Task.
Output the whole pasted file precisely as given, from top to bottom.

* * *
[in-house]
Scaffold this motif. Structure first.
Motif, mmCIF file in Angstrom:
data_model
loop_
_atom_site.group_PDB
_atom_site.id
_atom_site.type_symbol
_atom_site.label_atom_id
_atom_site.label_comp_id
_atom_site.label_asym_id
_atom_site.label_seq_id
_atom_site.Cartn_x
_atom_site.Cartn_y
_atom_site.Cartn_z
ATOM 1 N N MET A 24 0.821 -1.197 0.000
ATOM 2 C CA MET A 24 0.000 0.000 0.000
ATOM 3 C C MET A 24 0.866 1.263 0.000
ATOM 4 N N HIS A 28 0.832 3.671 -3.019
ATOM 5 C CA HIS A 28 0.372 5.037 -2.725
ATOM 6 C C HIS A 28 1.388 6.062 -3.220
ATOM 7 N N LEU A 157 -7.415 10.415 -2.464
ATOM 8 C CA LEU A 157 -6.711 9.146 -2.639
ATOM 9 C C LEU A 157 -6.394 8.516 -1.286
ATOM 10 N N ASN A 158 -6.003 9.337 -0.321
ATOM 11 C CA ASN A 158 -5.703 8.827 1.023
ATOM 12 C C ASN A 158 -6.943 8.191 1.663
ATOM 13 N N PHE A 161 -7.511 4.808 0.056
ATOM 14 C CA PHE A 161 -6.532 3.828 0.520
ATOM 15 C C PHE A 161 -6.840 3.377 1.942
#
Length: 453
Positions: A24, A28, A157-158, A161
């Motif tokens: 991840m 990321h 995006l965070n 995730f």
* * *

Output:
[in-house]
Scaffold this motif. Structure first.
Motif, mmCIF file in Angstrom:
data_model
loop_
_atom_site.group_PDB
_atom_site.id
_atom_site.type_symbol
_atom_site.label_atom_id
_atom_site.label_comp_id
_atom_site.label_asym_id
_atom_site.label_seq_id
_atom_site.Cartn_x
_atom_site.Cartn_y
_atom_site.Cartn_z
ATOM 1 N N MET A 24 0.821 -1.197 0.000
ATOM 2 C CA MET A 24 0.000 0.000 0.000
ATOM 3 C C MET A 24 0.866 1.263 0.000
ATOM 4 N N HIS A 28 0.832 3.671 -3.019
ATOM 5 C CA HIS A 28 0.372 5.037 -2.725
ATOM 6 C C HIS A 28 1.388 6.062 -3.220
ATOM 7 N N LEU A 157 -7.415 10.415 -2.464
ATOM 8 C CA LEU A 157 -6.711 9.146 -2.639
ATOM 9 C C LEU A 157 -6.394 8.516 -1.286
ATOM 10 N N ASN A 158 -6.003 9.337 -0.321
ATOM 11 C CA ASN A 158 -5.703 8.827 1.023
ATOM 12 C C ASN A 158 -6.943 8.191 1.663
ATOM 13 N N PHE A 161 -7.511 4.808 0.056
ATOM 14 C CA PHE A 161 -6.532 3.828 0.520
ATOM 15 C C PHE A 161 -6.840 3.377 1.942
#
Length: 453
Positions: A24, A28, A157-158, A161
């Motif tokens: 991840m 990321h 995006l965070n 995730f």